A single slender woman who terrifies an army of generals
By Badri Raina, ZNet, Aug 16, 2009
Thomas Carlyle, that prophetic voice of the 19C, delineated in Heroes And Hero Worship (1841) what he thought were types of world-historical individuals.
Among them he projected Cromwell as a type of hero whose strength lay in a species of obdurate conviction that had no need of any flamboyant oratorical skills.
Two other figures from the 20C/21C spring to mind as further exemplars of the type, namely, Mohandas Karamchand Gandhi and Aung San Suu Kyi.
No more true metaphor for them than the grass, which Whitman called the “handkerchief of the Lord,” fusing in a magnificently visionary way god with democracy.
The grass, it grows everywhere, however you trample on it. In its fecund unendingness, it symbolizes and manifests the will-to-life itself, and in its undefeatably cussed humility, it is the spirit of universal freedom and common democracy that refuse to be quelled.
And, as any good gardener knows, the more you cut the more it grows.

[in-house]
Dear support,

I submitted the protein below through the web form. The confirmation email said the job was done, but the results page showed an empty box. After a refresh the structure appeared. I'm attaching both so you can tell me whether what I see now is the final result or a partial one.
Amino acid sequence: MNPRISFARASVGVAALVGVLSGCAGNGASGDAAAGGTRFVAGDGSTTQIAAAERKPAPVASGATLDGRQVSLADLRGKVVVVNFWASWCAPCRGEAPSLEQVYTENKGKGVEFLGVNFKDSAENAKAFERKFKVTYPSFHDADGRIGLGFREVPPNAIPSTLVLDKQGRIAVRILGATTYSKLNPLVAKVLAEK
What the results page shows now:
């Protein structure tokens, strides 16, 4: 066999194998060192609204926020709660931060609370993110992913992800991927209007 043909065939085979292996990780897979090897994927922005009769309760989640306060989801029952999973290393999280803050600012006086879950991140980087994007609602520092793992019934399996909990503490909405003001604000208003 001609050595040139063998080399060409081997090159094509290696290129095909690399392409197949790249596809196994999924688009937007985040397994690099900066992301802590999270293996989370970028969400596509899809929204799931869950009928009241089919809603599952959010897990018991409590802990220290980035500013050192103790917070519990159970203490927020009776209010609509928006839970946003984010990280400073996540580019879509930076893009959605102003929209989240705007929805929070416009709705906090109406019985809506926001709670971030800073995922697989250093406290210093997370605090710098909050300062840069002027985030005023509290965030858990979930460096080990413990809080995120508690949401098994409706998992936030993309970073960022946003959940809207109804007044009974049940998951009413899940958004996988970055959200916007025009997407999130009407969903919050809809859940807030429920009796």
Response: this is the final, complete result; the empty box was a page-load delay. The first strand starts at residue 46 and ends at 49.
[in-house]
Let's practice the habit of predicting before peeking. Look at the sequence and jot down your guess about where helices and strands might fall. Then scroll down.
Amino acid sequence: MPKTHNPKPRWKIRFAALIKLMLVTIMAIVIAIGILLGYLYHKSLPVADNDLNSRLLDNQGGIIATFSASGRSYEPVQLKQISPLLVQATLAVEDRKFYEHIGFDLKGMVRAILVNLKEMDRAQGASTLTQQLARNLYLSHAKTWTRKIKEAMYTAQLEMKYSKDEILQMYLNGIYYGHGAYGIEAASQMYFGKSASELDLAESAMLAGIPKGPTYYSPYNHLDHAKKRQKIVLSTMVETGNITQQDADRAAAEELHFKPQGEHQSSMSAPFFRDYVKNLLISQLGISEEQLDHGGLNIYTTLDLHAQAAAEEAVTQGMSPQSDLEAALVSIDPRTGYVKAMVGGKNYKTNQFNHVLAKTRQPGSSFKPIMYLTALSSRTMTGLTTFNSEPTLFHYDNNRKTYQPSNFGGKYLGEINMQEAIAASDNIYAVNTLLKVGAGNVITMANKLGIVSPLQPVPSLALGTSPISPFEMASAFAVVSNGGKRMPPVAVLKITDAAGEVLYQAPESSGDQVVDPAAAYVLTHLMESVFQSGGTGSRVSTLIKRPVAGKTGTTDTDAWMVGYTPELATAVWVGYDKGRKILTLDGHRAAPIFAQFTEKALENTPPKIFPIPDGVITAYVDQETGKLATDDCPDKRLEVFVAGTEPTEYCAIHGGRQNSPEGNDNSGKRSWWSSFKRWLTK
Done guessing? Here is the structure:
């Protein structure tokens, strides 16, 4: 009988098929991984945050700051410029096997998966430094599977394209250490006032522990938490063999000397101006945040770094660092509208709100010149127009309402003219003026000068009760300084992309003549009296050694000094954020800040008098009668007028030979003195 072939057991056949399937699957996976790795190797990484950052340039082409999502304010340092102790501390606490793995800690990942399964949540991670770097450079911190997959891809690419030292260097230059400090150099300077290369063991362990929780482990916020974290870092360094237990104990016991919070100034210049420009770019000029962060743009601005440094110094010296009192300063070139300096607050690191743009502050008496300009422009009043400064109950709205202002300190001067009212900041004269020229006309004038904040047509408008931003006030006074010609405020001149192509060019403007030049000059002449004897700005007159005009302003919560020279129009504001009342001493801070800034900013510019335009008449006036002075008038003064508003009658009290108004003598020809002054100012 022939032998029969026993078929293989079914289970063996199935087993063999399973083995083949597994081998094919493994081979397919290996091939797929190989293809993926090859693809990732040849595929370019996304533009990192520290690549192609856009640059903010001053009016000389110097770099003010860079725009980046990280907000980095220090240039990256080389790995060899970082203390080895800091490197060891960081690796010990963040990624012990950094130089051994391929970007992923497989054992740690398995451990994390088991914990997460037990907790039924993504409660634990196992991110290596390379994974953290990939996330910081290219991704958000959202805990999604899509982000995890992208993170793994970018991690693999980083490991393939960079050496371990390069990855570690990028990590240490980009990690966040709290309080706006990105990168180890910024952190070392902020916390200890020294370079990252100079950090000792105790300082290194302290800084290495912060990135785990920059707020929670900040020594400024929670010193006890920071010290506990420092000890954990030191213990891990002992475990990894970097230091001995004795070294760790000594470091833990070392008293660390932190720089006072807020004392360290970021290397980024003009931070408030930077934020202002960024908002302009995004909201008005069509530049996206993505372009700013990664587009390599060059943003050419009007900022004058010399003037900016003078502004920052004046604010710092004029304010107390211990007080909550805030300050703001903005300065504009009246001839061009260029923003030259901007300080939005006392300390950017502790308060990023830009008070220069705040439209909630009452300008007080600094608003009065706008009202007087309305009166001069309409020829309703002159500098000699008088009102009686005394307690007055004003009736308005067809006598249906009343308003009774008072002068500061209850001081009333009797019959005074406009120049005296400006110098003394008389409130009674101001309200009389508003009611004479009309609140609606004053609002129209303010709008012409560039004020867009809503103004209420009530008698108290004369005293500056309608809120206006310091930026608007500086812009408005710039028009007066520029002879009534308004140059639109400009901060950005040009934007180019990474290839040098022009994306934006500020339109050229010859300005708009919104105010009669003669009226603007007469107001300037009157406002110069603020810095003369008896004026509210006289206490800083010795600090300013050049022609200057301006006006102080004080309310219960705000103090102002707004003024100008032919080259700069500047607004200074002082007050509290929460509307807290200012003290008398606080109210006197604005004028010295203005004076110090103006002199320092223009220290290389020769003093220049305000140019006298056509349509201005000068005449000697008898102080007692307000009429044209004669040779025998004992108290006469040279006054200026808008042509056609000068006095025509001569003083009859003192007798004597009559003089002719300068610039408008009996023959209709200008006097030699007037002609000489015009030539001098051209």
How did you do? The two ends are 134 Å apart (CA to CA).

Which may be why the sensible British did not heed Hitler’s counsel in 1938: When Chamberlain went to reason with him, he mentioned Gandhi and how troubled the empire was by him.
Uncomprehending, the Fuhrer asked, “why don’t you shoot him?”
And had they done so, nothing might have brought about so early a collapse of the empire—and in predictably brutal ways.
Clearly, the two-penny tyrants in Burma who strut about in a prison of their own making—if Suu Kyi cannot leave her house, the Generals may not leave Burma, for they are reviled everywhere, including in those parts of the world who have shabby deals with them—have understood that much.
Thus, for their own wretched safety, they desist from doing that Hitler on her. So, we ask, are they winning or losing Burma? Losing, we think. And over that knowledge, Suu Kyi’s smile arches like that of angels, seeing far far beyond the events of any single day, beyond even her own life.